Have you ever heard this sales adage: Never take “no” from someone who can’t say “yes?” There’s more than a kernel of wisdom in it, but this truism undoubtedly pre-dates the age of virtual corporations with horizontal organization charts describing the functions of an empowered workforce. In most complex selling situations, the first hurdle to overcome isn’t “no,” it’s identifying all the various players with something to say about the decision.
When it comes to identifying the people involved, I refer to decision “influencers” as well as decision “makers.” That’s because there are many people in the modern business structure who don’t have the authority to say either “yes” or “no” but whose opinions are solicited by the final decision makers. Even seemingly simple decisions often go through the influencer mill. This happens for a variety of reasons.
For one, a large number of executives today practice consensual management. The old autocratic “buck stops here” decision maker is out of sync with the latest in management theory. These modern executives believe (and rightly so) that involving more people in a decision improves the ultimate acceptance of that decision. If you’ve ever sold consulting services, for example, you know that the client staff members who are going to be affected by the project can destroy it if they don’t “buy in” early in the decision-making process.
There’s also a widespread belief that the more people involved in a decision, the better that decision will be. It’s a safety procedure practiced by decision makers who prefer to spread the risk among a larger group. Of course, decision making by committee has its downside, too. It tends to produce “safe” decisions because a group tends to grind all ideas down to the most acceptable level.
Group decisions may be safe, but they’re certainly not necessarily better. Each member of the group has his or her own agenda and will act to carry it out within the group with varying degrees of success. I’m sure you’ve heard the story of the committee charged with designing a horse. Every member added the features they wanted. One suggested the beast have four legs and another made them long and added large, flat feet for traction on soft surfaces. Another insisted on a tail to shoo away flies while yet someone else modified it to not be bushy so maintenance would be lower. And so the process went through meeting after meeting until the committee to design a horse produced instead a camel.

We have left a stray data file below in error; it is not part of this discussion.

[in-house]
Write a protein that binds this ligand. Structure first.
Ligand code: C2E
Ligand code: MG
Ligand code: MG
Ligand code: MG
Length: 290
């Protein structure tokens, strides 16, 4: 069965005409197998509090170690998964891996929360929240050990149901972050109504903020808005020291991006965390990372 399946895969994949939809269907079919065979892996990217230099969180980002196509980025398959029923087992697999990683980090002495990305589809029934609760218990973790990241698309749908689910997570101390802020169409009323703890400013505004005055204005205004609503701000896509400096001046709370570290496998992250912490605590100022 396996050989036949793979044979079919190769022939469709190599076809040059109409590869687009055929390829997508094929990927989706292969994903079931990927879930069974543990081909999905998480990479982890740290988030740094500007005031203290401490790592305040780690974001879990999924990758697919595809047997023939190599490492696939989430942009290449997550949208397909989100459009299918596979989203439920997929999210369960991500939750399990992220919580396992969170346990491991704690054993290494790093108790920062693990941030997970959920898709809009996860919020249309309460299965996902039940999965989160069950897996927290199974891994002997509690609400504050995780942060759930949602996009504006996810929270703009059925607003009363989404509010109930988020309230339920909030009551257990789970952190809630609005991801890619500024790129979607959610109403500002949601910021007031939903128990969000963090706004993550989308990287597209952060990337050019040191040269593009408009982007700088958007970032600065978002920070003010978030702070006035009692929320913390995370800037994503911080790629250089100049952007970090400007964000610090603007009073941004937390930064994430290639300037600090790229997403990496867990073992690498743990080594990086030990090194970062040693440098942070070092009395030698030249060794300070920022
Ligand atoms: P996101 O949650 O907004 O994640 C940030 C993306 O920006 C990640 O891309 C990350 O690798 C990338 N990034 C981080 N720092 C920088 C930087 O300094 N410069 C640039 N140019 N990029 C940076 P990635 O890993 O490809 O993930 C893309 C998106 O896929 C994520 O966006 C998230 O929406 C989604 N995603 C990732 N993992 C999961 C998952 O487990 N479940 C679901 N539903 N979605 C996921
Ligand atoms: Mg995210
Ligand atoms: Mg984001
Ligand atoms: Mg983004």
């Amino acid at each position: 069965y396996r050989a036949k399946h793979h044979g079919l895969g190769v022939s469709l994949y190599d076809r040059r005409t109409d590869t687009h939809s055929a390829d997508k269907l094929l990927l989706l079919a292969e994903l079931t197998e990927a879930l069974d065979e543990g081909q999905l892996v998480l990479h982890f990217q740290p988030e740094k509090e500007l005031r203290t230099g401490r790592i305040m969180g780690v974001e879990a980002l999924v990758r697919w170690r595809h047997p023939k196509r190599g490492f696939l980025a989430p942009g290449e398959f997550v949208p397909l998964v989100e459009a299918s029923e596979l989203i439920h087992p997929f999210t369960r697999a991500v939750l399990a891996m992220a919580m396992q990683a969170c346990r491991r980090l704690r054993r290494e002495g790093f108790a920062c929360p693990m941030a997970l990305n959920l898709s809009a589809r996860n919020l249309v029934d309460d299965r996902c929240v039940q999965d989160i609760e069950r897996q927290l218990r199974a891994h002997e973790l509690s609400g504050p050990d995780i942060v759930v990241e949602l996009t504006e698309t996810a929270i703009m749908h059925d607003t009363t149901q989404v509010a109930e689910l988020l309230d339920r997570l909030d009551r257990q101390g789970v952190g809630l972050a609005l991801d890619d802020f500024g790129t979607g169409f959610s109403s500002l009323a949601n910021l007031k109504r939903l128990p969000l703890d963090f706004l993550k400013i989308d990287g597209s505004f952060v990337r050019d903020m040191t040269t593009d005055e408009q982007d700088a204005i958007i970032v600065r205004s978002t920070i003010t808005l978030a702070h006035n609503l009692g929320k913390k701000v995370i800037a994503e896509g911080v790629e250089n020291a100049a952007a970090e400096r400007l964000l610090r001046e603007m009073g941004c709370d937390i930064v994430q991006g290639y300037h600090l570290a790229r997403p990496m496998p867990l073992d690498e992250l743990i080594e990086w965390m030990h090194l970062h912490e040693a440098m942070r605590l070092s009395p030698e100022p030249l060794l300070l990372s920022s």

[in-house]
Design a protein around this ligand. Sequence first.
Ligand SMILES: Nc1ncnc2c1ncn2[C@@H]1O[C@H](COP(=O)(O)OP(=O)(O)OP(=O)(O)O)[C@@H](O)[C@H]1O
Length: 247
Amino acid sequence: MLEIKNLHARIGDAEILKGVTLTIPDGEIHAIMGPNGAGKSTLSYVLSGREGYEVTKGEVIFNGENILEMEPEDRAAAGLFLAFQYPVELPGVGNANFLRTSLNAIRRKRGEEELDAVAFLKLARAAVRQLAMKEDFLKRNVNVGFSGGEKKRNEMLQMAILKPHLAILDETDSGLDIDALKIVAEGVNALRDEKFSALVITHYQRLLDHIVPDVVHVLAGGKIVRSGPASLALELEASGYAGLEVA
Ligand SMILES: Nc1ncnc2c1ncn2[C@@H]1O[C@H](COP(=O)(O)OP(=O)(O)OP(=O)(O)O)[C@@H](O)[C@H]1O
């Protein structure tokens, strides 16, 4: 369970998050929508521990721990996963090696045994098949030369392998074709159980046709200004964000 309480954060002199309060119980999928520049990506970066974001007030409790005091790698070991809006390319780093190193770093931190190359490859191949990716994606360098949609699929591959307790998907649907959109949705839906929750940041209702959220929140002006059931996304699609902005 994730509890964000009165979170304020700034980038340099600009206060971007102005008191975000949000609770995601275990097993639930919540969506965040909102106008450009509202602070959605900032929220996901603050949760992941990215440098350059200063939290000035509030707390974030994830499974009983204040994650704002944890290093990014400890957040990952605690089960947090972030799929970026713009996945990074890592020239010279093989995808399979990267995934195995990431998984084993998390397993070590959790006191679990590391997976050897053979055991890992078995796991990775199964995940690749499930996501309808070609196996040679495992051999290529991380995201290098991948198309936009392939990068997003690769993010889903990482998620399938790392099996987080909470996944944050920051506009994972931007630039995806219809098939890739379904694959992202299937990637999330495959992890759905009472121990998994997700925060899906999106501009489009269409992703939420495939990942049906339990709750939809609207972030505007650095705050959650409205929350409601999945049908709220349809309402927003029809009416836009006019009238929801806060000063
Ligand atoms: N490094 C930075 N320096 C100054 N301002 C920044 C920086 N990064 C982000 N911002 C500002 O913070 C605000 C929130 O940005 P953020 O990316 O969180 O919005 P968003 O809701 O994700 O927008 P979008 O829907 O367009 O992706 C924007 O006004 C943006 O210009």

Here’s a scary number: 27. That’s the number of “yes or no” interim decisions that need to be made in a situation where a committee of just three people is deciding whether to buy an item with three specifications (like size, color, and quantity) and where each person has to consider and agree/disagree with each of the others on each possible combination of specified features. And what’s really scary about that number is that it does not include the final yes or no buying decision! Unfortunately, sound management practice or not, decision-making committees are often part of the complex sale.
That’s one reason I suggest eliminating as many of the interim decisions as possible when you put your proposal together. If you give the committee just one decision to make (buy or don’t buy), you’ve eliminated all of the interim decisions they have to debate.
Dave Donelson distills the experiences of hundreds of entrepreneurs into practical advice for small business owners and managers in the Dynamic Manager's Guides, a series of how-to books about marketing and advertising, sales techniques, motivating personnel, financial management, and business strategy.